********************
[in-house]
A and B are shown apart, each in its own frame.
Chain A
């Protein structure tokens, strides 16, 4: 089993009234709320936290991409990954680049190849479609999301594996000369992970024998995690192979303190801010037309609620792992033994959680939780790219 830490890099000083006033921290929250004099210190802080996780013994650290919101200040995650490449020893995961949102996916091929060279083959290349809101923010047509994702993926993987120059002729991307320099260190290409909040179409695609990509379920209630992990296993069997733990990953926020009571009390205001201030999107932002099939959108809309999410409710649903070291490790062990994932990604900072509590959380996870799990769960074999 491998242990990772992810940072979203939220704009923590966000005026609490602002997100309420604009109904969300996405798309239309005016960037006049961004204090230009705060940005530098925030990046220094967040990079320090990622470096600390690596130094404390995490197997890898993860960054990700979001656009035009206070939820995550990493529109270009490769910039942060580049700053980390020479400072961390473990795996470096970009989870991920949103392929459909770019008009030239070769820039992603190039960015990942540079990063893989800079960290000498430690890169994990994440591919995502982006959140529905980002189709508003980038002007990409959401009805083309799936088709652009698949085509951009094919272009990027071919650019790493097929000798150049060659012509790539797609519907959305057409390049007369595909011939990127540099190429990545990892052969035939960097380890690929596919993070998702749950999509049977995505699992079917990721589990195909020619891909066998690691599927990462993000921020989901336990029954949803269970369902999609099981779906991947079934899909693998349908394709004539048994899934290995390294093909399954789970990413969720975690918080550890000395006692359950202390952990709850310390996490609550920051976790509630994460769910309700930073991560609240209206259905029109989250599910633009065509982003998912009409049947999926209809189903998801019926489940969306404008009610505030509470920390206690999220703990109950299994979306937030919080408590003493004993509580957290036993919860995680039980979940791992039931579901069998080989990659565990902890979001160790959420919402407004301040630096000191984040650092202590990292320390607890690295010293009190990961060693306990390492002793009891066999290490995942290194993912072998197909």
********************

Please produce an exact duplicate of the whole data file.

[in-house]
A and B are shown apart, each in its own frame.
Chain A
């Protein structure tokens, strides 16, 4: 089993009234709320936290991409990954680049190849479609999301594996000369992970024998995690192979303190801010037309609620792992033994959680939780790219 830490890099000083006033921290929250004099210190802080996780013994650290919101200040995650490449020893995961949102996916091929060279083959290349809101923010047509994702993926993987120059002729991307320099260190290409909040179409695609990509379920209630992990296993069997733990990953926020009571009390205001201030999107932002099939959108809309999410409710649903070291490790062990994932990604900072509590959380996870799990769960074999 491998242990990772992810940072979203939220704009923590966000005026609490602002997100309420604009109904969300996405798309239309005016960037006049961004204090230009705060940005530098925030990046220094967040990079320090990622470096600390690596130094404390995490197997890898993860960054990700979001656009035009206070939820995550990493529109270009490769910039942060580049700053980390020479400072961390473990795996470096970009989870991920949103392929459909770019008009030239070769820039992603190039960015990942540079990063893989800079960290000498430690890169994990994440591919995502982006959140529905980002189709508003980038002007990409959401009805083309799936088709652009698949085509951009094919272009990027071919650019790493097929000798150049060659012509790539797609519907959305057409390049007369595909011939990127540099190429990545990892052969035939960097380890690929596919993070998702749950999509049977995505699992079917990721589990195909020619891909066998690691599927990462993000921020989901336990029954949803269970369902999609099981779906991947079934899909693998349908394709004539048994899934290995390294093909399954789970990413969720975690918080550890000395006692359950202390952990709850310390996490609550920051976790509630994460769910309700930073991560609240209206259905029109989250599910633009065509982003998912009409049947999926209809189903998801019926489940969306404008009610505030509470920390206690999220703990109950299994979306937030919080408590003493004993509580957290036993919860995680039980979940791992039931579901069998080989990659565990902890979001160790959420919402407004301040630096000191984040650092202590990292320390607890690295010293009190990961060693306990390492002793009891066999290490995942290194993912072998197909």